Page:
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You can lapse into bad habits no matter how experienced you are.

Even seasoned motorists can slip up on certain, potentially unsafe practices. To find out what those mistakes are, we recently spoke to Bill Windsor, associate vice president of consumer safety for Nationwide.
 
Pushing the limits of a yellow light. It’s easy for a driver to get caught up in the moment when they're behind schedule and try to outrun a yellow light. But it’s simply not worth the risk. “Think of how little time you’ll actually save,” Windsor says. “You’re talking a minute, maybe two. Is that really going to make a big difference? If you run the light, you could get a ticket or, worse, cause a serious accident.”
 
Not adjusting for the weather. Some still stick with “normal” driving practices even in wet and/or slick conditions, leaving inadequate space between them and the vehicle ahead. “If you need three seconds of distance in good weather, then you have to double that when the conditions are bad,” Windsor says.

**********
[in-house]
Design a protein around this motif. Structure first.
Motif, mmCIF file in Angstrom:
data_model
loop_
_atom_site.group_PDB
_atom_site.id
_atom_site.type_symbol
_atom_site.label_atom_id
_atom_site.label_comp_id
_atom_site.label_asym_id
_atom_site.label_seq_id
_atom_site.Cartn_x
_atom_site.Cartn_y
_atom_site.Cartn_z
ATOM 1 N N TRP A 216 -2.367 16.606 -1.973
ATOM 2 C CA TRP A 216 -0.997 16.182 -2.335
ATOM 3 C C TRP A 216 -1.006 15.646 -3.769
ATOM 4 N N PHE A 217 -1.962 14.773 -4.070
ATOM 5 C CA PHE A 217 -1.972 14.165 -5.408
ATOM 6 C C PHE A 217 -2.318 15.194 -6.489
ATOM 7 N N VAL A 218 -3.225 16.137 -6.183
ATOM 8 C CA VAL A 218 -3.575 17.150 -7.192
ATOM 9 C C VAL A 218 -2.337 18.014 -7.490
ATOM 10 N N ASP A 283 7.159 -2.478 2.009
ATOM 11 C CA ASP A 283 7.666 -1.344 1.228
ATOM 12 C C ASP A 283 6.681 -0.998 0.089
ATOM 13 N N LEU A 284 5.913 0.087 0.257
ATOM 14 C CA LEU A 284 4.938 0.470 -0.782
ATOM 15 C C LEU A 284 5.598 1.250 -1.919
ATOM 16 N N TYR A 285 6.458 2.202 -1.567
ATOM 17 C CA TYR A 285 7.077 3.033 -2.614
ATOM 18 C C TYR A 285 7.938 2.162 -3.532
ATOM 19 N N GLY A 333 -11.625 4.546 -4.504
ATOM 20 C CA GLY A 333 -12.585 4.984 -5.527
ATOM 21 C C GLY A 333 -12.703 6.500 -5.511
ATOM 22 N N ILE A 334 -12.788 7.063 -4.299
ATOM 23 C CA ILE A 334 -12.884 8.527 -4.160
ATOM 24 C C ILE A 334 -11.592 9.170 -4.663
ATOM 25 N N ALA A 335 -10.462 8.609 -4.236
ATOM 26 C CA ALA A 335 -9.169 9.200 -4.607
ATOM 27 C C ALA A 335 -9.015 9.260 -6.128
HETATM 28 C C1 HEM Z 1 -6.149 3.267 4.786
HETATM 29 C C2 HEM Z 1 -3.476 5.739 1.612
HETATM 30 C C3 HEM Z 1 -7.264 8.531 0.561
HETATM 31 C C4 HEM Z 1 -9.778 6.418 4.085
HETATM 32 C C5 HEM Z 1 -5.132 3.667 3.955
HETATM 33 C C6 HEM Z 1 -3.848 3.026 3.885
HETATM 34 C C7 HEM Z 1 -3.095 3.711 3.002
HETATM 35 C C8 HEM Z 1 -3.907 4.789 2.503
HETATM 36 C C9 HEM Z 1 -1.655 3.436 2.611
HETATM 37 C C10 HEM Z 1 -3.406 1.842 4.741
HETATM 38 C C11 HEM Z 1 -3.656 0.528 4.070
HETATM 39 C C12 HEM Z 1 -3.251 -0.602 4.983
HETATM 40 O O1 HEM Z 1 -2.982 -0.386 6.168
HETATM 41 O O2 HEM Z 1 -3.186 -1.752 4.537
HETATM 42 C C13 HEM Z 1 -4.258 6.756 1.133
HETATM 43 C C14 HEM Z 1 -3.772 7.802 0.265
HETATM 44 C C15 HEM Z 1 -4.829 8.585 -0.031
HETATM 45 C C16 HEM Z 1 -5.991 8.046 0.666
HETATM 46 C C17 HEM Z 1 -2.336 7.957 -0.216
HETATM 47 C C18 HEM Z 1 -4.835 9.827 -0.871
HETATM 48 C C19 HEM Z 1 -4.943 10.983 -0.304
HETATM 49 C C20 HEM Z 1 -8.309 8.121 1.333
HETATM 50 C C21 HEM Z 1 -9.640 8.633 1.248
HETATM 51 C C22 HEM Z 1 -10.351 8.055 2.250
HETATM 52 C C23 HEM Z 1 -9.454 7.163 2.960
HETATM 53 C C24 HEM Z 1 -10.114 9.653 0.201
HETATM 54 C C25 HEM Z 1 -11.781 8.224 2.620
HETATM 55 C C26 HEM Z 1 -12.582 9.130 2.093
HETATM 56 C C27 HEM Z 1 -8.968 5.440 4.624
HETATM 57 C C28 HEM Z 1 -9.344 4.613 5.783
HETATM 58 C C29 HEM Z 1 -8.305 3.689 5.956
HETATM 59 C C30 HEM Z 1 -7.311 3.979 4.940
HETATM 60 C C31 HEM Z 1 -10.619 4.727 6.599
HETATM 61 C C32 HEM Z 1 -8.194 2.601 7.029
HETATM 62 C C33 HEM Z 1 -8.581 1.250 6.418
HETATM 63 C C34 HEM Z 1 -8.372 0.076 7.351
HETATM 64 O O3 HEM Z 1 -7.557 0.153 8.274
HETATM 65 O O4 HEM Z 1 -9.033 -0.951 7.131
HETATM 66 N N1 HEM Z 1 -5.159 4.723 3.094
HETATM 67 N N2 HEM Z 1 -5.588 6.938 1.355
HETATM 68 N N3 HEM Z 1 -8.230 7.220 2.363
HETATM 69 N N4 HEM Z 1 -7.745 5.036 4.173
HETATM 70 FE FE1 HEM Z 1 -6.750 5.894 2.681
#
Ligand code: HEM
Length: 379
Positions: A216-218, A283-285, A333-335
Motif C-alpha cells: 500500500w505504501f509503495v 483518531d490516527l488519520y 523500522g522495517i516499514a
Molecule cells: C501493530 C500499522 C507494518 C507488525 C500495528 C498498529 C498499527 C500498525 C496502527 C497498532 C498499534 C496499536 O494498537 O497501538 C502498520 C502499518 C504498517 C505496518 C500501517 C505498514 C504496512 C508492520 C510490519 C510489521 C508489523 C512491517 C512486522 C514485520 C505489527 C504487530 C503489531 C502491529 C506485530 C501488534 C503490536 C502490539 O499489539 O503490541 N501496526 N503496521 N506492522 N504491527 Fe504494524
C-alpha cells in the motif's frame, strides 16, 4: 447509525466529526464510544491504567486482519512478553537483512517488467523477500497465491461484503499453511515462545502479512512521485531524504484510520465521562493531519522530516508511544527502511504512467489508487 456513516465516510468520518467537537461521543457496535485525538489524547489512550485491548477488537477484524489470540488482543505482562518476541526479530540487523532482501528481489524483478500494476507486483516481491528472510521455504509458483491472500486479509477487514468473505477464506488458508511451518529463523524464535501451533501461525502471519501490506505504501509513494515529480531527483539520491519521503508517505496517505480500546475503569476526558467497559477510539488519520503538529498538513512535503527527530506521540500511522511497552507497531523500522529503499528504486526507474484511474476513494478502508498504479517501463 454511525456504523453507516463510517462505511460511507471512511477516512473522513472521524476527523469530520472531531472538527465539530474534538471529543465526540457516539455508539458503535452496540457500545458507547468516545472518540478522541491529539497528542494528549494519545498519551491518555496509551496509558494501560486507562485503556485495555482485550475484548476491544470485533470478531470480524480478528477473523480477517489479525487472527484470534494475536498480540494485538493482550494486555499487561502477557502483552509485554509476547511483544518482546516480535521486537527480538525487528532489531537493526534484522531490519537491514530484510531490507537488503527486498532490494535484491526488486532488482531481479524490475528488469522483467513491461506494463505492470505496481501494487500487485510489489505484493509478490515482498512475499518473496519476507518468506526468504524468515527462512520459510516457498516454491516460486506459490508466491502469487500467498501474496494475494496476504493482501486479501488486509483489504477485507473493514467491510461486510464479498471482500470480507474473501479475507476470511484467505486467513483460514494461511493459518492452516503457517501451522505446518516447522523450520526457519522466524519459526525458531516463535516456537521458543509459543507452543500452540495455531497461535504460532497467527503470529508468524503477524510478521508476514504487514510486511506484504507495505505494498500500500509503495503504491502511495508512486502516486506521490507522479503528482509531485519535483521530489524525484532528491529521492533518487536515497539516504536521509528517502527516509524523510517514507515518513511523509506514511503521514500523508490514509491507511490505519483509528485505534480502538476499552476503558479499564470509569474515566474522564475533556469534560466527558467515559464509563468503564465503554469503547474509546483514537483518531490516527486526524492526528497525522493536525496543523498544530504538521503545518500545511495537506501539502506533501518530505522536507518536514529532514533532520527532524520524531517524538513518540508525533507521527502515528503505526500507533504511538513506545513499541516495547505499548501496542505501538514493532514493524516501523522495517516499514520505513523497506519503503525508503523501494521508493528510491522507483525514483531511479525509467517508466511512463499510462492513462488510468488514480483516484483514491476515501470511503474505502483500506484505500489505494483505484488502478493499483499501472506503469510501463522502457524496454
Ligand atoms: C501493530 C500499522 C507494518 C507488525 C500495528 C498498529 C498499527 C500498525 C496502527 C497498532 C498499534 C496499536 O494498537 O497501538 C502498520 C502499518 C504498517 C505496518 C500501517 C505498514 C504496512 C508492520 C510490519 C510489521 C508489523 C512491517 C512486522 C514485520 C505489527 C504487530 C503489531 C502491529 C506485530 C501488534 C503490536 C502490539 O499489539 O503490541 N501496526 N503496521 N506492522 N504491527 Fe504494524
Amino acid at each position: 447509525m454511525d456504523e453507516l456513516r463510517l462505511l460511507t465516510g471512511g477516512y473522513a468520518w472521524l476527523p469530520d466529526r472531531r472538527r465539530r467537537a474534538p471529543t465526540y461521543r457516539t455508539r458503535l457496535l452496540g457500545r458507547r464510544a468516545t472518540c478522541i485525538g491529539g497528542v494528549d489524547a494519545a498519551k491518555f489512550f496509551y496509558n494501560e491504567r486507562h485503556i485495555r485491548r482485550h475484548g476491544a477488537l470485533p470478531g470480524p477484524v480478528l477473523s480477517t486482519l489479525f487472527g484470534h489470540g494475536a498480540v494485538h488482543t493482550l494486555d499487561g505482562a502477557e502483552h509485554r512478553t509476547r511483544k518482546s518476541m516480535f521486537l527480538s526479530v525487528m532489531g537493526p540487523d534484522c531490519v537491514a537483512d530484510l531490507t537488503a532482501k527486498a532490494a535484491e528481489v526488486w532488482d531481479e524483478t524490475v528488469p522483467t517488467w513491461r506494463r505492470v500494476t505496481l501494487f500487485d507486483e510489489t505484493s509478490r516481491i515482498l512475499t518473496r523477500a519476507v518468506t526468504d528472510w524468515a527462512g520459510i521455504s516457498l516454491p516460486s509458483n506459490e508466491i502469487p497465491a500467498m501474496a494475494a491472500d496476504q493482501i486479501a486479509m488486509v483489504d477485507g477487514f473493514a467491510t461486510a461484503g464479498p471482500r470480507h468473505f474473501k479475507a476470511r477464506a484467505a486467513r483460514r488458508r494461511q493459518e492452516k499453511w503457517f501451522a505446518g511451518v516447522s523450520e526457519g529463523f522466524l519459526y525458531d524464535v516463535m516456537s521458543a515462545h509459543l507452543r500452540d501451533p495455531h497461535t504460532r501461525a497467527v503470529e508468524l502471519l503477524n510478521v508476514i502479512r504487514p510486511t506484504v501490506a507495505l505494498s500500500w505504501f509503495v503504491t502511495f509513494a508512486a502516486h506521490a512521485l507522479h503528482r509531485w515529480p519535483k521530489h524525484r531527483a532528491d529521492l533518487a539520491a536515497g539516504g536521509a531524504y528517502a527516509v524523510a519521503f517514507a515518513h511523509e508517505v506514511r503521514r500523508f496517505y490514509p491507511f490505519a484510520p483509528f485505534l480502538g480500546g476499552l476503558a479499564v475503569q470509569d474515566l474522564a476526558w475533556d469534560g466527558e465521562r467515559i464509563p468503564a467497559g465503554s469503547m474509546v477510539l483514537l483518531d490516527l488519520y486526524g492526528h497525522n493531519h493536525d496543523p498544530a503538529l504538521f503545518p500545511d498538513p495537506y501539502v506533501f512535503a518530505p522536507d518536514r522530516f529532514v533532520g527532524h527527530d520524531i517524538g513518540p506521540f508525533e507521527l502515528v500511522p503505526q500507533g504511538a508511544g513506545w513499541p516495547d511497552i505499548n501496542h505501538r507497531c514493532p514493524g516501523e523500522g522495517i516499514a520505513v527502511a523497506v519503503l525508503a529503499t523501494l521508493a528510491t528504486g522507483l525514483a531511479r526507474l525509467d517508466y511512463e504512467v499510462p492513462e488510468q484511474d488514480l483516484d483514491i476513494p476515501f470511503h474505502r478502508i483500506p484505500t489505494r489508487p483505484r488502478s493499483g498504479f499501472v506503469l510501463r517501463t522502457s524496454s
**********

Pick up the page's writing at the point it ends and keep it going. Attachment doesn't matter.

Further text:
Not using visual cues. It’s easy to forget to use a turn signal, especially when driving on a familiar road. But your turn signals are important “messages” that make everyone aware of your intentions. Also, always use headlights in any bad weather. “They not only help you see better,” Windsor says, “but they enable the other motorists to see you.”
 
Skipping school. How long has it been since you took a defensive driving class? It’s always a good idea to take one every few years. It will not only remind you about safe practices, but it could also qualify you for a defensive driving discount on your insurance.
 
Driving to distraction, Part I. When you’re en route all the time, you may be tempted to dial the phone or, worse, respond to a text. But you still need to forget the mobile device and focus on the road. “Even if you’ve been on the same street thousands of times, there’s always a chance of the unexpected,” Windsor says. “A child could bolt out into the middle of the street to chase a ball. A car could speed through a red light. Total awareness is key at all times.”
 
Driving to distraction, Part II. While hands-free phones are considered safer than the alternative, you shouldn’t “fool” yourself into thinking it’s OK to use them non-stop while behind the wheel. In fact, conducting a phone call while driving – even when eyes are on the road and hands are on the wheel – still causes “a relatively high level of cognitive distraction,” according to research from the University of Utah. “Think about having a discussion with a loved one while attempting to watch a movie on TV,” Windsor says. “How much of the movie do you miss? It’s the same thing with driving: You can’t afford to miss anything out there on the road.”

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